Founded: Mid 2007
Location: Melbourne, Australia
What problem is GoodFilms solving? and why did you choose to pursue it?
At the very core, Goodfilms helps you movies you’re going to be interested in. ‘Interested in’ might mean that it’s a genre you like, right for the mood you’re in, available on your subscription movie service, etc, or likely some combination of several factors. While there’s no shortage of information about each movie online, it still feels like a lot of work to find out if it’s right for you. And that’s where Goodfilms steps in.
Goodfilms is social, in a small circle way. You turn down the aggregate crowd in favour of your immediate network. Path is doing something in the same spirit, is this how you see social going?
Absolutely, you see services like ThisIsMyJam springing up around a similar idea – there’s value in only viewing a small, trusted, curated subset of the information on a topic. To put it in terms of films, knowing which of your friends really loved something and which really hated it, can tell you right away whether you should see the movie. We always believed that kind of close social wisdom is far more important than the average of a hundred critics or a million strangers.
Who is your audience and how do you manage the community so it doesn’t become dominated by one bias?
We have a range, from people who enjoy showing the interesting or obscure films they see, to the people who just like to keep a record for themselves, to people who just want to get the most out of their Netflix subscription. Like any online community, the data can be dominated by our most vociferous members, but by presenting your friends’ data ahead of the masses’ makes that less of an issue.
Our rating system departs from the traditional 5-star system that so often gets abused online (we talked about how Youtube and Amazon ratings break down on our blog right back when we started), and as a result outliers have less impact on people’s judgement. Since there’s no ‘score’ to influence, there’s less reason to give a 100% or 0% rating.
And because the rating system can so accurately identify similarities between you and other people that you might not know, we can filter some of the ‘background’ information to only show you what’s relevant.
Do you have any concerns about using the FB / Twitter platforms? (thinking about the app.net debate and big players cutting off the 3rd party ecosystem)
Well, my cofounder recently weighed in on the debate with an opinion piece for TheNextWeb, regarding App.net, Twitter and Facebook. But we also connect into various video streaming services, which add their own complications, and have their own motivations. It’s a moving target, and it takes up a disproportionate amount of our engineering effort, but the end result is that we’ve been able to build something of value for an individual. We’ll jump through whatever hoops we have to so we can keep doing that.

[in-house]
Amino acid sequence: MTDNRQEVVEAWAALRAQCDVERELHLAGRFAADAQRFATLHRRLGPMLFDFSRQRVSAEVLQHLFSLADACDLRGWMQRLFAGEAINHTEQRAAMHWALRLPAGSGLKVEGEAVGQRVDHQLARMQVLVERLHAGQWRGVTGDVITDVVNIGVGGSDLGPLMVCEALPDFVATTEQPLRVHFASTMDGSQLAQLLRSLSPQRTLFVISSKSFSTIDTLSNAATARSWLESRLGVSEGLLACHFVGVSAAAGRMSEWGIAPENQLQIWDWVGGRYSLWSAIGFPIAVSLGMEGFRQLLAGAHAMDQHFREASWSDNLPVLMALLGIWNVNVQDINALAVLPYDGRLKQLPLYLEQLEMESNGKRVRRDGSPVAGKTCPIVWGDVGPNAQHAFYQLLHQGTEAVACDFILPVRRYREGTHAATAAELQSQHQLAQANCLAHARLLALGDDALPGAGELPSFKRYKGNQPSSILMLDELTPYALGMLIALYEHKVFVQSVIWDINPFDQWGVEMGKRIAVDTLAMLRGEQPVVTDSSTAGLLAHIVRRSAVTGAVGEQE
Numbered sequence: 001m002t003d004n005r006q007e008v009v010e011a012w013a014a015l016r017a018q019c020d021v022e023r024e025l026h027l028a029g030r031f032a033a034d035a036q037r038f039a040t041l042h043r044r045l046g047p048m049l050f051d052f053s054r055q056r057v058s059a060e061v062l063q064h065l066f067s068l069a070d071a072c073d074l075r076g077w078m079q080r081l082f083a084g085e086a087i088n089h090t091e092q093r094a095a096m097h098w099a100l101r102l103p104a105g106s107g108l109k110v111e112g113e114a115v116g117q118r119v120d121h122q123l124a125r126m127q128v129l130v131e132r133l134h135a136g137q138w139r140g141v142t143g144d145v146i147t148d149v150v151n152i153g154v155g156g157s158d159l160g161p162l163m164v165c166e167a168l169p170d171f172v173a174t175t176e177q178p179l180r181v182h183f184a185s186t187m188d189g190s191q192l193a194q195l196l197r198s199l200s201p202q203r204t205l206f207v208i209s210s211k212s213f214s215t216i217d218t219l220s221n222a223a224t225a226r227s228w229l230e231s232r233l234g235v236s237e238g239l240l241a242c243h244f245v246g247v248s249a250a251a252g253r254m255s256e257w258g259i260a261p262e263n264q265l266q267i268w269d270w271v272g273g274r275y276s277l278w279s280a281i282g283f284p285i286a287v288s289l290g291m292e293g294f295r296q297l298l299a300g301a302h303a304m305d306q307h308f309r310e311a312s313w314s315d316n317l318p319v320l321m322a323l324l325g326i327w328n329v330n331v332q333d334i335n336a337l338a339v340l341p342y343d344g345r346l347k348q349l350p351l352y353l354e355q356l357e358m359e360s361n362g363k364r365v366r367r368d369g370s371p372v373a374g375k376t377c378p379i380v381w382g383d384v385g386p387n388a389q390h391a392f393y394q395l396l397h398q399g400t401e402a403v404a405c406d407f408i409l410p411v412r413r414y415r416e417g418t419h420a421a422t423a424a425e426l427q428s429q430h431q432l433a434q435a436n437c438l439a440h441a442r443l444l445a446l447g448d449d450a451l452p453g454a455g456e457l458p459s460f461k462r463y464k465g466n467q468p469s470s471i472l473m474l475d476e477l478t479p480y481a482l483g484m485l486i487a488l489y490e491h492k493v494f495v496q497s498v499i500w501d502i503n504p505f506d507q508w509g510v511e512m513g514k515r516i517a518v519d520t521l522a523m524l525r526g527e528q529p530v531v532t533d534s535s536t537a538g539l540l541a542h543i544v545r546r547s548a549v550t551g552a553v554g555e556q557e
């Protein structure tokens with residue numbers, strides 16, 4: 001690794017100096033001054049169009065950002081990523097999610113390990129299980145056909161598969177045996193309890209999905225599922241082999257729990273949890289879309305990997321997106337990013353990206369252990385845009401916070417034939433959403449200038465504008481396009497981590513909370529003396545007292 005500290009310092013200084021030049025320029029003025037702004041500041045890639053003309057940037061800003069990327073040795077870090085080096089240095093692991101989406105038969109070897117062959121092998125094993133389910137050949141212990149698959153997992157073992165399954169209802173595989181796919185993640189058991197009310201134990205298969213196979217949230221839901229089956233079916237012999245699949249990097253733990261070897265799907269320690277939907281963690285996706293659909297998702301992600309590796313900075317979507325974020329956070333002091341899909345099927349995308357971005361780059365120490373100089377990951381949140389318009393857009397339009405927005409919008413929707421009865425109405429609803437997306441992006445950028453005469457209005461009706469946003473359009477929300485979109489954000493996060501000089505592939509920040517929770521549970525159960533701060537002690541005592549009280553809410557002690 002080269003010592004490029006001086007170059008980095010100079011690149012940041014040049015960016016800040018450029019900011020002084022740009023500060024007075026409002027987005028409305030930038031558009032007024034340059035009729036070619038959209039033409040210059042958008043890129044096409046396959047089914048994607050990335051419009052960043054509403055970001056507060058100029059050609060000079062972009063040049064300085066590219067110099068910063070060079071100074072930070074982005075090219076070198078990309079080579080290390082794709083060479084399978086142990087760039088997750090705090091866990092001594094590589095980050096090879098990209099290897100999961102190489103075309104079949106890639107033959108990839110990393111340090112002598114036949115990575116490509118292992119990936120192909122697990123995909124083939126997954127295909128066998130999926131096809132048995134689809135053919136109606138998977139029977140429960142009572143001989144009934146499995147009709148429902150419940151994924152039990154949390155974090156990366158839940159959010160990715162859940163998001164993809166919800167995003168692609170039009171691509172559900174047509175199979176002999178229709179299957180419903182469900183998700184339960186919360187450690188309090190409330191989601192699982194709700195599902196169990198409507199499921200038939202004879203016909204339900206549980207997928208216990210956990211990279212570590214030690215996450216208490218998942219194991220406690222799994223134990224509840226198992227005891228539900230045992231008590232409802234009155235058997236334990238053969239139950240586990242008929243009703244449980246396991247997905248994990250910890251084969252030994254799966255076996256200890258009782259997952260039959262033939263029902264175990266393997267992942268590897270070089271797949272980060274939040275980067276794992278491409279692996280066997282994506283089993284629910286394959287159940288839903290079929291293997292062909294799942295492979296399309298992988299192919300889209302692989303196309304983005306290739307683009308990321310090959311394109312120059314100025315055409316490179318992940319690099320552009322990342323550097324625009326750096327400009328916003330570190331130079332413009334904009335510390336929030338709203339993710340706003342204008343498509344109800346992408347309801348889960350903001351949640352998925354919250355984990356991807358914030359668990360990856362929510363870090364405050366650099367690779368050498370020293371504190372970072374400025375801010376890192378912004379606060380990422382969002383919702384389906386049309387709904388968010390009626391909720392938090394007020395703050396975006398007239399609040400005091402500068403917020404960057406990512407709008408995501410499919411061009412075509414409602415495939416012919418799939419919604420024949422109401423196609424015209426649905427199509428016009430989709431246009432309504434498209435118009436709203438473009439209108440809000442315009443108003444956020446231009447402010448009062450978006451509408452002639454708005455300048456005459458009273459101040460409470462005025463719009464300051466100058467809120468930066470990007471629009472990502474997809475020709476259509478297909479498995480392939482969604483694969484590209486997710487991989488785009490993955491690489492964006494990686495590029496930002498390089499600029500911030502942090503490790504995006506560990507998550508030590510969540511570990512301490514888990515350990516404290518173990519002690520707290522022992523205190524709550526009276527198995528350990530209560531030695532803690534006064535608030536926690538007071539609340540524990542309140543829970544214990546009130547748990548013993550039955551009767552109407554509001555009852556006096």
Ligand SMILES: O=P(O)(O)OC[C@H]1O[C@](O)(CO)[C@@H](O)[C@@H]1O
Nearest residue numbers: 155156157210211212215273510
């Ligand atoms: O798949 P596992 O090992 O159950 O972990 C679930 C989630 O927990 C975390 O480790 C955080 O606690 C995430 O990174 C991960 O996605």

After identifying the problem, how did you progress?
A couple of pieces of advice spring to mind – one is that if you’re not embarrassed about what you launch with, you’ve launched too late. And, a great phrase I came across just the other day: “If we have data, let’s look at data. If all we have are opinions, let’s go with mine.” (Quote source).
So, I built something that only just hung together enough for me to queue up some movies I wanted to watch, and looked like a backend programmer went crazy with CSS3 (that’s exactly what happened), and started showing people. It lurched through several iterations, but showed enough promise to get into a startup incubator here in Melbourne (AngelCube), and that’s how the whole thing got serious. It felt like I had no idea what I was doing, and in truth I didn’t. I’m sure it wasn’t the most efficient way of getting started, but not having any preconceptions about how something like this should be done helped me just get on with things, and that gave me momentum.
As we’ve grown, different things become important, and now I’m pleased to say we don’t operate quite so chaotically. We still ship as quickly as possible, but with a better vision for how things achieve an end goal. We don’t follow any rigid process (we don’t have a kanban board or anything), but we do use few Lean techniques. We just pick the most important thing that’s not working for us right now and focus on it.
Your growth model depends on a viral invite model that can be tricky. What techniques are you finding works in encouraging adoption?